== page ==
O Yuki Conjugate’s Andrew Hulme and Roger Horberry face the quick-fire question machine
Hello – where are you right now and what can you see?
RH: “At home in sunny York. The leaky drain needs fixing.”
AH: “A living room in London. A child is playing Aimblox, there’s a paused TV screen and a half-finished game of the hilariously named ‘Pandemic’.”
OYC are celebrating 40 years at the coalface this year – happy birthday!
RH: “Thank you. It feels longer.”
AH: “It’s been tough.”
That’s some landmark. How are you celebrating? Will there be cake?
RH: “That was for our 25th – the last time we made a fuss about birthdays – so maybe we’ll get lucky. There’s also the small matter of an album tentatively called ‘OYC40’ featuring all members past and present, but it’s early days.”
AH: “No cake. We’re watching our cholesterol.”
You were initially inspired by post-punk, weren’t you? What in particular?
RH: “It was clever and so varied. Every month there was something new from all over the country – but never Nottingham, our home town.”
AH: “The spirit of liberation, the idea that you had a right to make music whether you could play or not. The sheer adventurousness. It was brilliant.”
You’ve had some lengthy fallow periods – is that just life getting in the way?
AH: “We just naturally stopped making music as one incarnation ceased, then picked it up later when we found our passion for it again. In hindsight, it seems to have added diversity to the lonely furrow we’ve ploughed.”
The new album is a double, with writing divided in two. Is that a new way of working for you? Was it purely a matter of necessity?
RH: “In the first big lockdown, we were faced with the problem of what the fuck you do when you suddenly can’t meet. We made an album each.”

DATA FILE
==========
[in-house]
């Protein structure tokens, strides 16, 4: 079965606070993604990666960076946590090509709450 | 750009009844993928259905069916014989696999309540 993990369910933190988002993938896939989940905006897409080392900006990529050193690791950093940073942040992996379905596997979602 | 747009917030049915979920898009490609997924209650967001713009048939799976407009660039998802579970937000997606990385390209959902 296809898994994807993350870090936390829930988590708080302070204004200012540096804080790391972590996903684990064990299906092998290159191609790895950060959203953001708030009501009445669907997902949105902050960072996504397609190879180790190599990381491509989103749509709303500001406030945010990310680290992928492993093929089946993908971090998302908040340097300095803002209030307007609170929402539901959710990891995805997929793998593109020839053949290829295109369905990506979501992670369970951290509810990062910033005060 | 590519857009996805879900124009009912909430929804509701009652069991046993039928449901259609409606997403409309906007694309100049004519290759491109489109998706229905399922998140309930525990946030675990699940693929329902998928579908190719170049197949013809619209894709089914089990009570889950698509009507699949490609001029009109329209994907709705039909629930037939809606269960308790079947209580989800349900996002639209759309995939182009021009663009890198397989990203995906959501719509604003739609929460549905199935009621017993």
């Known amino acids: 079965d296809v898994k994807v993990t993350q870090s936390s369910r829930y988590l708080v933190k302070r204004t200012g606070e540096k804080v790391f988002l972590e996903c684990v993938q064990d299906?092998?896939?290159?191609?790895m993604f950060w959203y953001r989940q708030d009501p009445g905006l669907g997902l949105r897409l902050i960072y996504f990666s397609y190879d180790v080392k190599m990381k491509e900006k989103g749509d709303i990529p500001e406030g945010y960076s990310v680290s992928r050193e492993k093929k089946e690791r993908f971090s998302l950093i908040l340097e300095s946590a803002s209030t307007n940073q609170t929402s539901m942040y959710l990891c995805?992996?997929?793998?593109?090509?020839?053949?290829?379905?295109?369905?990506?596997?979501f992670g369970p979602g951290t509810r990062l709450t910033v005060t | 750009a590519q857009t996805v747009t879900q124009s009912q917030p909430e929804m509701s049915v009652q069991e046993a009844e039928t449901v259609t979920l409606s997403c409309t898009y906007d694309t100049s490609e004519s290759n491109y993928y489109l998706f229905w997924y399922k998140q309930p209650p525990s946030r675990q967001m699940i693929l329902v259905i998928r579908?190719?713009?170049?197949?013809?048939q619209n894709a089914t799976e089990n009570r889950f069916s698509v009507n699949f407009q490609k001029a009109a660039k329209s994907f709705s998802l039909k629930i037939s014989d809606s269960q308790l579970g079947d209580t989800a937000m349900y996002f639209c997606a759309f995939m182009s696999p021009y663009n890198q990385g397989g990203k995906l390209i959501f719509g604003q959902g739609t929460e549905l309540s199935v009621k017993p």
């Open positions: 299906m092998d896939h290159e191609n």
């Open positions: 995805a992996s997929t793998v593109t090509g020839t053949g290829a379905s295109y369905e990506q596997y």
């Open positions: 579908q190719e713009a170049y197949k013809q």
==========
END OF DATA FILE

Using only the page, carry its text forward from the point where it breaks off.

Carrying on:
‘Vol 1’ is short tracks, ‘Vol 2’ is long tracks. Who tackled what?
RH: “It came naturally. I’d always wanted to do something like Eno’s ‘Music For Films’ – simple, single-theme sketches featuring melody of sorts. And Andrew had wanted to go deep.”
AH: “We’d already discussed the idea that Roger liked short pieces and
I like long ones. The situation meant we could realise this idea without being shackled to any greater notion of what the band should sound like.”
Your 1984 debut album ‘Scene In Mirage’ had two distinct sides. Do you feel like you’ve come full circle?
RH: “We’ve never been able to really land on what we are – it was always more than one thing – ambient, fourth world, industrial, electronic. So we do these distinct sides and embrace that.”
As ambient pioneers, do you feel like you get the credit you deserve?
RH: “That’s absolutely not for us to say. But now you mention it…”
AH: “I think we fill in the gap between Eno’s original idea and the point in the late 1980s when ambient turned into chill-out and gained acceptance.”
Are you happy with the “cult status” tag?
RH: “I bloody love it. Wilful obscurity is our defining feature.”
What’s next for you?
RH: “Back to gigging in Europe at long last, another ‘A Tension Of Opposites’ cassette, and ‘OYC40’. The fun never stops.”